In a clinical kingdom on dark grey and blues, King Leontes reveals his suspicions of his Queen’s fidelity with his brother; which in true Shakespearean fashion means one misunderstanding has a catastrophic effect on their loved ones in the world that surrounds him.
Chaos and death quickly spreads, with his young daughter sent to Bohemia for safety, unbeknownst to the King. Naturally enough, through coincidence and perseverance, the tale goes full circle in clarifying the misunderstandings of the family. Cheek by Jowl throw new perspectives and angles to a centuries old story, with an injection of life of frivolity.
With a curious timber structure, a bench and a faceless person, the stripped back walls of Silk Street Theatre lay for a blank canvas of The Winter’s Tale; one which acts as a canvas for the audience to see what they want to see in Leontes’ kingdom. Curiosity filled the room with the audience’s whispers and murmurs of what the set would become and transform into. With an initial encouragement of imagination from this unknown set, the audience seem more open to what unfolds, quite literally through the story and set.
The costume design is subtle and emotionally linked to reflect the characters’ dispositions, their prominence, and grouping. Nick Ormerod utilised harsher colours and costume for the rigidity of the Kingdom, and Bohemia’s lighter tones created an air of freedom immediately.
The lighting design tied all elements together; creating the doom and confinement of the castle, similar with Bohemia. The incorporation of live multimedia to stream the court case is an added dimension that gives a deeper insight into the actors and how they needed to be performed.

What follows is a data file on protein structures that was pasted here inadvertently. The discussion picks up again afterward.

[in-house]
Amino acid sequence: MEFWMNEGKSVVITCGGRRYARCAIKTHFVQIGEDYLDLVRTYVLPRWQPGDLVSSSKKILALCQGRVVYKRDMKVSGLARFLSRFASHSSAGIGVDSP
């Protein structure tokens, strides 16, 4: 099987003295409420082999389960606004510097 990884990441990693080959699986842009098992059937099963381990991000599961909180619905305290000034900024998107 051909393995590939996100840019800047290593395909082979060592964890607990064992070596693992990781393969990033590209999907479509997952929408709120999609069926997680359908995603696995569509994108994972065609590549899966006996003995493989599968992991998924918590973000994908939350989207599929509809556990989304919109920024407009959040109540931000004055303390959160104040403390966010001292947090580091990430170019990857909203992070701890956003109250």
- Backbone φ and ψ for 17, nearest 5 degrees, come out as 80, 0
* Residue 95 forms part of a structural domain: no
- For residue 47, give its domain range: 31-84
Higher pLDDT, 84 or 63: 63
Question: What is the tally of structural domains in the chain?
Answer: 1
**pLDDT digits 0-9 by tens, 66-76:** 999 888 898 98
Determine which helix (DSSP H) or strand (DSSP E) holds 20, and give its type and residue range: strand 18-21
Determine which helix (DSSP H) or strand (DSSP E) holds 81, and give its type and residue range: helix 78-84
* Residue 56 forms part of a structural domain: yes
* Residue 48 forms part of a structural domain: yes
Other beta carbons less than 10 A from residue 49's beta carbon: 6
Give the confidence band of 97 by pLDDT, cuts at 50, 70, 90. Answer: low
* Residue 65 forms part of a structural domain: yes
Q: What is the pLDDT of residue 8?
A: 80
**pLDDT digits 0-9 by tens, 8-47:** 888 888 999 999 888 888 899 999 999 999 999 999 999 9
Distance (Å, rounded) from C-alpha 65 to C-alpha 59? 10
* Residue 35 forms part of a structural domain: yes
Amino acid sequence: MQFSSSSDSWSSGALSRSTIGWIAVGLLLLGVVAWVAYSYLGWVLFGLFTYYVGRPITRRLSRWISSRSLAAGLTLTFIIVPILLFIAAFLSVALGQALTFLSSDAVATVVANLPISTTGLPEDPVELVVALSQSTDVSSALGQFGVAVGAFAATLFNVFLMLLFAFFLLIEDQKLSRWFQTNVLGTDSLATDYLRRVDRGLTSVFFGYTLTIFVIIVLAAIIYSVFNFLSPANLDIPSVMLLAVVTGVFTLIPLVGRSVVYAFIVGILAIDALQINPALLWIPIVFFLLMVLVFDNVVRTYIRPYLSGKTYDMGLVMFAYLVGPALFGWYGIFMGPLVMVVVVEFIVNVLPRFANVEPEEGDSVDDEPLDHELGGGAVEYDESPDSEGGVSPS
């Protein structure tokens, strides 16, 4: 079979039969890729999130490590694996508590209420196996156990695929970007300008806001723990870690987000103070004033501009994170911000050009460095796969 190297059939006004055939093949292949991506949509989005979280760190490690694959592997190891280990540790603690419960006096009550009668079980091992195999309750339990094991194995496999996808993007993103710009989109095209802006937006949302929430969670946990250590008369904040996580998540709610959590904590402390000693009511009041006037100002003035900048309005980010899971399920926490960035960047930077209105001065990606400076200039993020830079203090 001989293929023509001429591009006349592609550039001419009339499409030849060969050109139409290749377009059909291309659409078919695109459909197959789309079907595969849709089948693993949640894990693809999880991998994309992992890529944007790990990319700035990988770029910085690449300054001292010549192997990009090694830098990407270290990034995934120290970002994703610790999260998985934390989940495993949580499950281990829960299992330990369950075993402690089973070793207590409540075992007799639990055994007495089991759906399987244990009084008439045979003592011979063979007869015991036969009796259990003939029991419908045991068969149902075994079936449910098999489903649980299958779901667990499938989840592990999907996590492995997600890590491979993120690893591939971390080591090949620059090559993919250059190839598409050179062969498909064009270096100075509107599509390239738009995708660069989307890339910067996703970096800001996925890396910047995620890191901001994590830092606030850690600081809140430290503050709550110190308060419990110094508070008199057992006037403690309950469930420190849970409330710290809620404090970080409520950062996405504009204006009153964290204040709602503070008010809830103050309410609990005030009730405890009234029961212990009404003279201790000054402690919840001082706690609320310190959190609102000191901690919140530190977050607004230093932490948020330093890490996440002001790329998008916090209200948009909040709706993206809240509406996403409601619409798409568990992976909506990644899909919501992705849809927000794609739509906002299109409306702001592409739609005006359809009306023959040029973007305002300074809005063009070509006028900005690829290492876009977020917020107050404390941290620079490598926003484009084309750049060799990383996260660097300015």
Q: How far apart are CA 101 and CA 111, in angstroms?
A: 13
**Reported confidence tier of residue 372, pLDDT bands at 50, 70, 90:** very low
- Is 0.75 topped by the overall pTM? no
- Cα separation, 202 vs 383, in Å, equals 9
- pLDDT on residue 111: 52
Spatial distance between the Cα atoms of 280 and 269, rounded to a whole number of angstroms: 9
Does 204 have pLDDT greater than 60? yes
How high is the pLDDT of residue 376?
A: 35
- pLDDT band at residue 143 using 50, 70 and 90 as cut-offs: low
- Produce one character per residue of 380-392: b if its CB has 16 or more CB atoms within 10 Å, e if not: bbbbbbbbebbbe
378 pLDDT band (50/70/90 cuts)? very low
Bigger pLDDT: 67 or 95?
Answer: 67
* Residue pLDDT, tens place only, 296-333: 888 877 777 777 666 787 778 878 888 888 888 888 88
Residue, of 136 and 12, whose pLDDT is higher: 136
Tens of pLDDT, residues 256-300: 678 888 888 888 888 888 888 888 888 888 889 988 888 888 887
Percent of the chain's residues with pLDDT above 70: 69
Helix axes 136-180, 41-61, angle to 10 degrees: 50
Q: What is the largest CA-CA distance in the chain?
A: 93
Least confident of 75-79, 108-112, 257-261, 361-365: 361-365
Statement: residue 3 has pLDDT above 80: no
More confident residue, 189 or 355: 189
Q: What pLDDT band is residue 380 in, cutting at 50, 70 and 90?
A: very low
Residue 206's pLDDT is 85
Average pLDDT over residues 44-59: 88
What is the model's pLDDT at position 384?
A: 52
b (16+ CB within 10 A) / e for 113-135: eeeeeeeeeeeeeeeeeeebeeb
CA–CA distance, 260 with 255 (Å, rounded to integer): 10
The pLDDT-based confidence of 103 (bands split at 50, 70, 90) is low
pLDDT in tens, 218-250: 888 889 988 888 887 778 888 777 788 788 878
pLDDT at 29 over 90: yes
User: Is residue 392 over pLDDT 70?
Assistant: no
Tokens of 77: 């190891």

The interchangeable ensemble is adaptable and malleable to the world that surrounds them. Whether it was the drab and clinical kingdom or free and easy Bohemia, the dual use of actors displayed their acting abilities, true dedication, and investment in the production.
Hermione and Dorcas (Natalie Radmall-Quirke) are equally captivating and convincing, yet did not compromise the credibility of Hermione’s prominence. The ensemble is engaging and full of concentrated high energy, particularly in Bohemia, which created a different energy throughout the theatre; one of joviality and investment in the princess.
The adaptation of The Winter’s Tale is somewhat reminiscent of Propeller Shakespeare, which creates a world of nonsensical sense, yet keeps true to the moral tale. Donellan’s direction is fresh and alternative, breathing new life into a story that may tend to lay forgotten in the Shakespeare realm at times.
An Irish Bohemia is a new perspective on a different life, away from hostility, perhaps a reflection on Donellan’s Irish heritage and an upbringing in England. Cheek by Jowl makes you realise just how these common misunderstandings, and coincidentally life instances, are just as relatable now as they were back then in Shakespeare’s time. An injection of madness is all The Winter’s Tale needed to seem new again.
The Winter’s Tale runs at Silk Street Theatre until 22 April.